As more friends came to visit, more things got checked off the list of unique things to do. I began to worry that I was running out of “interesting.” While I told myself I moved here to get serious and put away my socialite lifestyle, I slowly realized that both my fear of disappointment and the hope that inspired it meant something—I might not be entirely ready to give up that life. I still need cultural diversion, and maybe even a few nights a month as a vapid socialite. That can’t be that bad as long as I don’t go overboard again, right?

Realistically, though, there’s really little danger of that, considering I’ve made very few friends since I’ve been here. But the ones I have made are good ones, who never fail to invite me when they finally make it out of their own condo caves. This not entirely self-imposed oscillation between socialization and isolation unexpectedly makes me feel less scattered and aimless. For the first time in a while, I feel as if I’m accomplishing something more tangible, and the conversations I do manage to have seem more important and real. When my students talk about their lives, I actually care more than I used to, and when they laugh at my jokes and listen to my lessons, I feel rewarded.

Nothing’s perfect. I’m still homesick for my best friends a lot of the time. I still miss some of my favorite places and the green trees that grew near them. I still get a little lonely and wonder if I did the right thing, went in the right direction when I ran. For the most part, though, I feel better about who I am now, less like I’m wasting time and more like I’m working on who I could be: a better (or at least more educated) version of the person I started out as. And now that I know some of the places the cool kids play, maybe I’ll even have more friends and things to do when there’s time.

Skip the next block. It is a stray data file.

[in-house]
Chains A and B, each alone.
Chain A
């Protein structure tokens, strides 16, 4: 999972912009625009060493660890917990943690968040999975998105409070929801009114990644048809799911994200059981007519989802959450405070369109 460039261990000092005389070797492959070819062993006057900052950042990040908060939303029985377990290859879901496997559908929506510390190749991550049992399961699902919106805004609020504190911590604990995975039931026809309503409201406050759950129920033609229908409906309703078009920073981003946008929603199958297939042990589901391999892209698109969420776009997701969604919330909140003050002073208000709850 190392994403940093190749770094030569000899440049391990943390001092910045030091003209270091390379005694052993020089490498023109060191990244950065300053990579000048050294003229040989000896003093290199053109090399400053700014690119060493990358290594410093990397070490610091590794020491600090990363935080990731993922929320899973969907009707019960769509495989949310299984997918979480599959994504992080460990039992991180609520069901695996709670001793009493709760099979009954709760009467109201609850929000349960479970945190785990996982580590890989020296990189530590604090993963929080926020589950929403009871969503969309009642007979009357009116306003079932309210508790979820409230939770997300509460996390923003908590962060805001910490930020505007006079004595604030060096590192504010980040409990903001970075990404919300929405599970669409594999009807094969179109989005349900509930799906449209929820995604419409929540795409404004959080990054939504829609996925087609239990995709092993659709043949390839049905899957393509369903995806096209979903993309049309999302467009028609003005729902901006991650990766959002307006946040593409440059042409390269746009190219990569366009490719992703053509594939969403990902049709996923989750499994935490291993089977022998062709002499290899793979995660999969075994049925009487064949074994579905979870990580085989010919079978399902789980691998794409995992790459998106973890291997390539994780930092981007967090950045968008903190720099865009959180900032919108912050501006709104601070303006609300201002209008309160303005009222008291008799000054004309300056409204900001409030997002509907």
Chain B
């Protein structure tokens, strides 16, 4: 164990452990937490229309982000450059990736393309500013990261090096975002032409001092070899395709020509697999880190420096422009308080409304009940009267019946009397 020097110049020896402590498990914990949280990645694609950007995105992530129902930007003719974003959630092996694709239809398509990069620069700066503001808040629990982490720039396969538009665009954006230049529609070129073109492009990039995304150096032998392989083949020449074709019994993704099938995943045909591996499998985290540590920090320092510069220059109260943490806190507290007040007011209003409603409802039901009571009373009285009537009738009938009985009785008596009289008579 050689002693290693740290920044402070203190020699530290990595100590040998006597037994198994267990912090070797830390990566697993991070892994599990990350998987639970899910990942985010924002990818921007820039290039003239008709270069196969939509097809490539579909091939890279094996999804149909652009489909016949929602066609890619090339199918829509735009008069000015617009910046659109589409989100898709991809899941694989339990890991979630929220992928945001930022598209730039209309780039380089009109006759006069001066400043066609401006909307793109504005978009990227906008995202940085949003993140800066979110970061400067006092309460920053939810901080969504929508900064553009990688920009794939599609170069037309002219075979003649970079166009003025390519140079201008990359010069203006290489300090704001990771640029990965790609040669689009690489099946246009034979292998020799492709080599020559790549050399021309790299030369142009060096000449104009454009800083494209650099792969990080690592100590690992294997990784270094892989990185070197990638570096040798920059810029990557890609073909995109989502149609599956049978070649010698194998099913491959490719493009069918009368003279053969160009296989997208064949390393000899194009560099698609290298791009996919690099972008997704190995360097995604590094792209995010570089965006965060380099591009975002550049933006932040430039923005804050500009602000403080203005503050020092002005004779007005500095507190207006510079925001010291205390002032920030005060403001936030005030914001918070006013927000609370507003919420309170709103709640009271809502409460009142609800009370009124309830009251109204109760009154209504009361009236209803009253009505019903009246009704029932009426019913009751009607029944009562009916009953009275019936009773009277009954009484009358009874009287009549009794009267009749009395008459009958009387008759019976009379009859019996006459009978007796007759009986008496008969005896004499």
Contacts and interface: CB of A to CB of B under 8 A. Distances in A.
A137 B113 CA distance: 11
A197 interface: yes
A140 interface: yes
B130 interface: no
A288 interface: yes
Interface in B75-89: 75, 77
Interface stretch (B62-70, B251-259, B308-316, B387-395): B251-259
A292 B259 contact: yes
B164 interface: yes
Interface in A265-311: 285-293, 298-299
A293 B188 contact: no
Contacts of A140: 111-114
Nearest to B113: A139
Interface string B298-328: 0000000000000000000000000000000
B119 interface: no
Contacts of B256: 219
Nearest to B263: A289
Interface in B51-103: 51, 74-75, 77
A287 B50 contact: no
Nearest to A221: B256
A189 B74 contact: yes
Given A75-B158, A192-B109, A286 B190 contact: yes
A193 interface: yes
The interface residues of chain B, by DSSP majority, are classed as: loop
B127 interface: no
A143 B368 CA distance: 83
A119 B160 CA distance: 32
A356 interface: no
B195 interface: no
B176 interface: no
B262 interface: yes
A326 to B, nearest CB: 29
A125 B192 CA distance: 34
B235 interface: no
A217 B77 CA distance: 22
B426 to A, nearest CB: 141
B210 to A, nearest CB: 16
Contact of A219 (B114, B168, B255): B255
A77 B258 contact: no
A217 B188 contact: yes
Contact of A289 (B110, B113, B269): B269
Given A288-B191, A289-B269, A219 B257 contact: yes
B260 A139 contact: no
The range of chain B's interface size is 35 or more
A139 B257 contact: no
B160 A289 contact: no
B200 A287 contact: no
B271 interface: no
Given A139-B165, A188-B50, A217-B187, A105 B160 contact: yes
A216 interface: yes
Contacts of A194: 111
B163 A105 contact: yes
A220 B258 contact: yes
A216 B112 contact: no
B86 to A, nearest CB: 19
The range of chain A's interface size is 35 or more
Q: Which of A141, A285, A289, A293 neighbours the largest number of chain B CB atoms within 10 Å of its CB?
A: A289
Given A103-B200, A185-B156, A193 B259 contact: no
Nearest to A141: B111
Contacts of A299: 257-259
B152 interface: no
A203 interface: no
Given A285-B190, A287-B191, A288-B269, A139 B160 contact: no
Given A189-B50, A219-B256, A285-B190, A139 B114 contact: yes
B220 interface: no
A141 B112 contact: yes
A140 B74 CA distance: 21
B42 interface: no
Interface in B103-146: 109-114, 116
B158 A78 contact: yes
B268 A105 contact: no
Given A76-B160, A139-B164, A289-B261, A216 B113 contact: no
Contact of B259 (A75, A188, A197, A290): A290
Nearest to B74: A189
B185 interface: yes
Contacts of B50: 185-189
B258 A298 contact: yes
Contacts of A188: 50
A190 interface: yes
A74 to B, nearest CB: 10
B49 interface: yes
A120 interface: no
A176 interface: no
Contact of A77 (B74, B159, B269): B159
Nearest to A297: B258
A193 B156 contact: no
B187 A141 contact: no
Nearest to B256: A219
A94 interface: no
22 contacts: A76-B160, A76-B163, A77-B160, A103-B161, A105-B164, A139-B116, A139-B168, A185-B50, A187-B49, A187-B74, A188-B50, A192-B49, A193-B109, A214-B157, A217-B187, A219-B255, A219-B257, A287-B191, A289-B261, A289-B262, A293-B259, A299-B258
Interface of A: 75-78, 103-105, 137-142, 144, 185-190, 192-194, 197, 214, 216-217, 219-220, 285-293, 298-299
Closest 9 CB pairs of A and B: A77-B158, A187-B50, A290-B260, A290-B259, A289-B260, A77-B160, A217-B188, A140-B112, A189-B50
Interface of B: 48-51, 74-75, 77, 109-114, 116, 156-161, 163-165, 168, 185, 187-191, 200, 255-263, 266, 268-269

I’m sure to face a few more disappointments, but disappointments are part of what I should’ve anticipated. I moved across the country to find something different. To search for the familiar seems a ridiculous, if very human, thing to do. What is here is strange and otherworldly: the expected glitz blended incongruently with a community struggling with the decline of Herculean growth. Some of Las Vegas is still so new that Google Maps doesn’t even register completion of projects like Town Square. Locals like Wilgar are anxious to tell you about “the days when there was no development West of Buffalo, when Vegas was a small town. “

It’s no wonder so many find the city surreal. An oasis that ecologically speaking should never have been, Las Vegas is a reflection of decadence while simultaneously being a frontier for development. It’s home to an equally surreal group: transplants who bring their ideas of home and locals who remember the openness of past surroundings. Las Vegas may never be home, but its potential is part of what drew me here. Where there is possibility, there is hopefulness. And that can hardly ever be a very bad thing.